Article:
The titling on Whatever The Weather works in degrees; simple parameters allowing James to focus on the nuances as a mood-builder. Her suspended universe fluctuates; freezing, thawing, swaying and blooming from track to track. James describes her jam-based approach for the sessions as “free-flowing, stopping when I felt like I was done,” allowing her subconscious to lead. The improvisations have an intrinsic fluidity to them, akin to sudden weather events passing over a single environment — the location feels fixed while the conditions vary.

The album opens at “25°C,” a sunshower of soft hums and keys. As the longest piece, it serves to establish stability, the inflection point where any move above or below this temperate breeze breaks the bliss. Given James’ proclivity for organized chaos in her production, this scene is fleeting, naturally. From that utopia, we plummet to the most melancholic read on the meter, “0°C,” its isolated synth line traversing a hailstorm of steely beats and static. Next, the dial jumps for the propulsive standout “17°C.” Like a timelapse of springtime in the city, the single accelerates across a frenzy of frames; car horns, screeching brakes, and crosswalk chatter fill the pauses between rapid jolts of multi-shaped percussion.

For portions of the work, James leans neo-classical, rendering pensive vignettes of cascading piano keys and warm delay. “2°C (Intermittent Rain)” ends the A-Side on a short and stormy loop; a resulting sense of reset permeates the B-Side’s opener, “10°C.” The producer mingles intuitively on echoed organ, locking into and abandoning atypical rhythms that suggest her jazz-oriented interests. “4°C” and “30°C” display the range of James’ vocal experiments. The former chops and pitches her voice to a rhythmic, otherworldly effect, the latter reveals James at her most straightforward (she cites Deftones’ Chino Moreno and American Football’s Mike Kinsella as inspirations), singing tenderly and unobstructed for nearly the duration before beats collide in the climax.
Whatever The Weather closes at “36°C,” while a sweltering heat by any standards the track eases along comfortably on a chorus of synth waves, acting as an apt bookend for this evocative, sky-tracing collection that started in a similar state. Cyclical, seasonal, and unpredictable, true to its namesake.

Loraine James grew up in Enfield, North London and was drawn into the world of music-making through her mother’s eclectic love of music, and she thanks the multiculturalism of her city, for ‘broadening her ears’ in her teens. She took piano lessons as a child, while classes at college, and later on Westminster University’s Commercial Music course, facilitated her encounter with the basic tools for digital production, her musical approach displays voracious musical curiosity and an exciting, peerless approach to making music.

3: Bank Myna – more from the rather dark sounding band from Paris, we did feature them a couple of weeks back, ORGAN THING: Paris-based dark post-rock band Bank Myna have just released a rather fine single ahead of the promise of their February album…. You can find our more via that link you jsut passed, this is another track off the new album that’s out at the end of the month. This one has a bit of a Godspeed You! Black Emperor feel to it, that’s no bad thing is it?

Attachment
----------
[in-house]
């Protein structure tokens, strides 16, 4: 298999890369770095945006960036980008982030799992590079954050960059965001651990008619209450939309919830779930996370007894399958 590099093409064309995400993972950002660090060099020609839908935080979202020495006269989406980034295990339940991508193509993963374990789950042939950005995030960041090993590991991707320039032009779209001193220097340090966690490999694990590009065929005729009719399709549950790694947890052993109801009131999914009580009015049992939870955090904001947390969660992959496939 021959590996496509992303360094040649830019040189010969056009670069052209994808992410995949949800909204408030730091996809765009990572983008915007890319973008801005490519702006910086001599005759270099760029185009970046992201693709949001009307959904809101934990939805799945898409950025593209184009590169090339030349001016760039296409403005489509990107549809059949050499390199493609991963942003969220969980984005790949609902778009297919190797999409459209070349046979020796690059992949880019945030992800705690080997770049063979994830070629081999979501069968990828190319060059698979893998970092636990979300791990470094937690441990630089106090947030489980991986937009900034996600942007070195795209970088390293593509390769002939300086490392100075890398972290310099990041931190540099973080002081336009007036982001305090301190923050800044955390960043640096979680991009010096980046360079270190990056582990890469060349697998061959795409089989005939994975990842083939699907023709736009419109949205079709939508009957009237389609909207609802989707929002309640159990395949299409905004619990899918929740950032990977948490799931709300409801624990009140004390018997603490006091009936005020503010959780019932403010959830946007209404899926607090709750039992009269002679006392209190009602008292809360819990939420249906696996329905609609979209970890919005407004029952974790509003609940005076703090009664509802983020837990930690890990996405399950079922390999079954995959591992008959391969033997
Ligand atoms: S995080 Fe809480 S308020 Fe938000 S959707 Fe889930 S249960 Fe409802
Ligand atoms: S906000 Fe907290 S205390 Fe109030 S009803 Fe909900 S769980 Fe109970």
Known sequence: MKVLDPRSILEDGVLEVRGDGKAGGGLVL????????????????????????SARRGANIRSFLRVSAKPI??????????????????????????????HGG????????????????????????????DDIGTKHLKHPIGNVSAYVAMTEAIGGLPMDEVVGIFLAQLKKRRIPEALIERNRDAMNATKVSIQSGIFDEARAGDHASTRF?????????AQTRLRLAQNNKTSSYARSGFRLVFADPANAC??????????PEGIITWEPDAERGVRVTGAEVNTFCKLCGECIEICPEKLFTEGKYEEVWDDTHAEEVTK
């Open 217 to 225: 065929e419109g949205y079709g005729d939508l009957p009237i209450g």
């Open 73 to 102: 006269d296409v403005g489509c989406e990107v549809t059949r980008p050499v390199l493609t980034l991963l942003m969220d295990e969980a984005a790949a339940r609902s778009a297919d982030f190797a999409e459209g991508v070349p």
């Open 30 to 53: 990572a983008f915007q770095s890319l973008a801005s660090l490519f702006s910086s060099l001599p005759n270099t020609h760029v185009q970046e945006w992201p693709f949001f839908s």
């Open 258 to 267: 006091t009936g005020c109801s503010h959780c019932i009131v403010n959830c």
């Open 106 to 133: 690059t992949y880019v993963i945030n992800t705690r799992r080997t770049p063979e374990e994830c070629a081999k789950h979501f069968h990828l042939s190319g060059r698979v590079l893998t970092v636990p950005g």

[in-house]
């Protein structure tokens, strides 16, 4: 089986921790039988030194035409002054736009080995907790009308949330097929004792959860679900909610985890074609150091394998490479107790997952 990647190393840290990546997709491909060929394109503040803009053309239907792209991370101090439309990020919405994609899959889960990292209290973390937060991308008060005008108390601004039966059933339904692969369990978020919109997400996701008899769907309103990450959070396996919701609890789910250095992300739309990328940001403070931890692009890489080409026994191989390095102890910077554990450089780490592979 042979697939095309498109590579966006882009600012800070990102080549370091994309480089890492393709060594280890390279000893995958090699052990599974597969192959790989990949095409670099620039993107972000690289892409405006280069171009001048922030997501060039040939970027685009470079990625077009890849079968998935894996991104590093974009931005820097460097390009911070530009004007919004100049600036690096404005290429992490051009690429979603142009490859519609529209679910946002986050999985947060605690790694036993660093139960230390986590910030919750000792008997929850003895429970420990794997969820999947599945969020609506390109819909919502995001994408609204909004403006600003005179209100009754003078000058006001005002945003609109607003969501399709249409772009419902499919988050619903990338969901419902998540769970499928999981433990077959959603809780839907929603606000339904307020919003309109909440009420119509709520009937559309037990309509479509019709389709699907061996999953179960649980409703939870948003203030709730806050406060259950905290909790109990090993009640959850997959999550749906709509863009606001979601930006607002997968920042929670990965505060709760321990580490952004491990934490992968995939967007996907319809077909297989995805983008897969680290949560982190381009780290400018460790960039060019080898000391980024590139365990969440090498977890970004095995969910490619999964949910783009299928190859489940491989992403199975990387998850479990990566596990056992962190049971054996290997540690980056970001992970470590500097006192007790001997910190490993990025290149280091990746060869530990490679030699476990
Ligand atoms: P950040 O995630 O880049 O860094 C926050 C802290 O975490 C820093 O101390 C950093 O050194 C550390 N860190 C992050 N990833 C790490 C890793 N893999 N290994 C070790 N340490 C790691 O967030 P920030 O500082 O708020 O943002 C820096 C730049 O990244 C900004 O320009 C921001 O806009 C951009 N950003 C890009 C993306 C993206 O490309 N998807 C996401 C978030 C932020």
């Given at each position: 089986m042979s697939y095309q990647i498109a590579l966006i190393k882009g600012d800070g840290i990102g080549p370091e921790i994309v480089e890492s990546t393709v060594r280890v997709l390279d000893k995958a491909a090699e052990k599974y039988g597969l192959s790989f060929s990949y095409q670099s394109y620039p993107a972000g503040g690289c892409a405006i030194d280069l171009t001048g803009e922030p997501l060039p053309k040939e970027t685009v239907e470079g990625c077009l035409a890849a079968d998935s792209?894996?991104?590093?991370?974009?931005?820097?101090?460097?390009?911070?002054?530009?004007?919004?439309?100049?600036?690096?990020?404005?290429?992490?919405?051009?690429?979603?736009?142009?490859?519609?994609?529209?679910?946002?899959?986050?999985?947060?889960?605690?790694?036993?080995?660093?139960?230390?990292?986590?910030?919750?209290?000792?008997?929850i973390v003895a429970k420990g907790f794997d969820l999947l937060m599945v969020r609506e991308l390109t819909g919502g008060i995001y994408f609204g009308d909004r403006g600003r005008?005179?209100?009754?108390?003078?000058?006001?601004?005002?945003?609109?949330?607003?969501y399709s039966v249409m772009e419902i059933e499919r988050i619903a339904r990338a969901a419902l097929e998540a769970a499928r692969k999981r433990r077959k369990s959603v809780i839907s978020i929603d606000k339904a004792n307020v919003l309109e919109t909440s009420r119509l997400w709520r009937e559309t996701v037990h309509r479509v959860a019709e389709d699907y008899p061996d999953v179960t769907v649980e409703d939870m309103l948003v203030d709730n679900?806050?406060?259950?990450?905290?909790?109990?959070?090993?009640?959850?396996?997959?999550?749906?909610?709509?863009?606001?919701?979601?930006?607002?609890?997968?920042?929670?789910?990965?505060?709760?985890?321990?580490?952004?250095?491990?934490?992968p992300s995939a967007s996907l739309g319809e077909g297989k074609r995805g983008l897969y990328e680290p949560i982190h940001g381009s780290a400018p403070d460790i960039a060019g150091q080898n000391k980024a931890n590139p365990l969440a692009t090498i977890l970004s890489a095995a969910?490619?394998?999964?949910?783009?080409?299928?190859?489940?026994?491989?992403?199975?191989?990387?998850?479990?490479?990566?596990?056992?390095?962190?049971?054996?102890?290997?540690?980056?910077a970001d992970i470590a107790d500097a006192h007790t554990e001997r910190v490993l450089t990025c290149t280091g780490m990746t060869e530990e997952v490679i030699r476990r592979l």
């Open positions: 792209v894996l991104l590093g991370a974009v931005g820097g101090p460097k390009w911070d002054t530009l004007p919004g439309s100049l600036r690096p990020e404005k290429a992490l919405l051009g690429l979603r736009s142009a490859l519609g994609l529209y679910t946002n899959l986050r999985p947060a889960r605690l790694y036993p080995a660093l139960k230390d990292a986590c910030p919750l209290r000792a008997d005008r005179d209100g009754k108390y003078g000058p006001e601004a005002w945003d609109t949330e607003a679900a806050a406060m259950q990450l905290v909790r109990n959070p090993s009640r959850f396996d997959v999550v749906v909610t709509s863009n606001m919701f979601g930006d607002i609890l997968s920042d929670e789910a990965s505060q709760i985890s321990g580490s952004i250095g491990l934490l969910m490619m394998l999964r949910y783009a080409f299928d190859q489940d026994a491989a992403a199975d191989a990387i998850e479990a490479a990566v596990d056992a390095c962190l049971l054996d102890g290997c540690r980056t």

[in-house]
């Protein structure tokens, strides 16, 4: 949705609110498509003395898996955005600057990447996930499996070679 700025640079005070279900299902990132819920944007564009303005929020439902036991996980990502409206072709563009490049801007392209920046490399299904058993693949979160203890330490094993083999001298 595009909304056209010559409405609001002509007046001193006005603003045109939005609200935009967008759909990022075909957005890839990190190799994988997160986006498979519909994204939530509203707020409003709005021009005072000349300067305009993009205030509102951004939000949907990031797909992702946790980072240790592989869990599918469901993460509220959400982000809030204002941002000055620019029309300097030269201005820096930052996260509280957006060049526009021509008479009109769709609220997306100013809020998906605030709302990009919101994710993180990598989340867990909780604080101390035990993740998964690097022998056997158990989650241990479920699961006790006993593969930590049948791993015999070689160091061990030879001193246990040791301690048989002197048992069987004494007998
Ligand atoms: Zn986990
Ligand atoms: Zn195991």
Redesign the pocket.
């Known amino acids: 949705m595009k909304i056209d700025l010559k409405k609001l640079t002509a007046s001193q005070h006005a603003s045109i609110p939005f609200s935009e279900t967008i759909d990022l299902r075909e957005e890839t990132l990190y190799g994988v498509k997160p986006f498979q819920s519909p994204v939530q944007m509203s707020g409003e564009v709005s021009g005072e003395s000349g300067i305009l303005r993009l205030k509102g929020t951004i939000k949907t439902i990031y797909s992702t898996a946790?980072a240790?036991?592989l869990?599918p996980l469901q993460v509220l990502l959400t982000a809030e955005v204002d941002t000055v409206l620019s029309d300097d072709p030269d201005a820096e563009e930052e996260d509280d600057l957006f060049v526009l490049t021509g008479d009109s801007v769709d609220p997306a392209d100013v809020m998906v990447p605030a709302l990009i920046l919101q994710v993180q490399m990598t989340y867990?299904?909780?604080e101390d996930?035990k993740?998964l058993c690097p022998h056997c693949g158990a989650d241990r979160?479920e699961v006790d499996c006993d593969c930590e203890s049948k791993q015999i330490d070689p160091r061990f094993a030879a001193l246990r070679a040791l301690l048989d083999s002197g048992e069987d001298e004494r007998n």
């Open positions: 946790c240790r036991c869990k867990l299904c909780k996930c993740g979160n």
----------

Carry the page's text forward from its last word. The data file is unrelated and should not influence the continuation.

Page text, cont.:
4: Wet Leg – “Oh No” from the album ‘Wet Leg’ out 8th April 2022 on Domino. Everyone’s favourite band at the moment so it seems, good on ’em, they don’t really need us either but hey, like I said, everyone’s favourite and we do like a healthy slice of beautifully coloured pop music..

5: Animal Collective are set to release their new album Time Skiffs this Friday, (well last Friday now) and today (well the other day now, I was bust painting flowers) they share a final preview, the new single “We Go Back” alongside a video created by the director and animator Winston Hacking. “It was a thrill to work with Animal Collective – they trusted our sense of play and commitment to spontaneity which is mirrored in their sound,” says Hacking. “The video is composed of scanned locations, miniature sets and collage cut outs that embrace the low-fi 3d aesthetic inherent in photogrammetry.” 

5: Pendant – A slice from the new album, Harp out April 8, 2022 on Saddle Creek. More info right here, and more wordery under the video should you need it…

Here somes the hypes “Los Angeles-via-Oakland musician Chris Adams who makes music under the moniker PENDANT (all caps) has announced his Saddle Creek debut Harp, available April 8thWatch the video for the first single “Thorn”. Directed by Joey Breese and starring Adams, the video is “Sabotage” meets Falling Down featuring classified files, motorbikes, and more within the backdrop of Los Angeles.

A lush, surprising new body of work from the producer and songwriter, Harp connects 90s house and rave music with hip-hop, shoegaze, and pop, and which serves as a culmination of years of painful emotional work for Adams brought on by the death of his father over 10 years prior. Though Harp is Adam’s sophomore album as PENDANT it feels like a starting point. The release of his 2019 debut Through a Coil was marred by the messy, public dissolution of the record label it was released on the day it was to be released. A year later he was burnt out. Attempting to tour the album had been hard on his voice, and the structures of rock music, which had dictated his entire life as a musician, were beginning to feel claustrophobic.   

PENDANT’s salvation came, ironically, in the form of the pandemic. Adams was ready to make new music but was both mentally and physically marooned, unable to reach the tools he would ordinarily use to make music or the headspace he would ordinarily inhabit. Without a guitar, the crutch that had supported much of his music-making in the past, he was forced to sketch out Harp’s world in a more impressionistic, free-associative way. Long a fan of dance and electronic music, he was suddenly without any good reason to not venture into that beat-heavy, synth-drenched world. The resulting Harp recalls the precise but emotionally rich landscapes of Arca or Oneohtrix Point Never, rendered in the watercolors of My Bloody Valentine” 

5: Nova Twins – That is five now isn’t it? A new single, from the forthcoming album, here’s the link for more, here’s the UK and European tour dates, here’s the video, our work here is done.

Here’s more

That’s enough, more when we have more or want more, if you want more that is? More were a damn fine band, East London Metal, More was their name, volume was their game, come on now….

Here you go, three hours of it, the deck is uneven right from the start…. you play the hobby horse..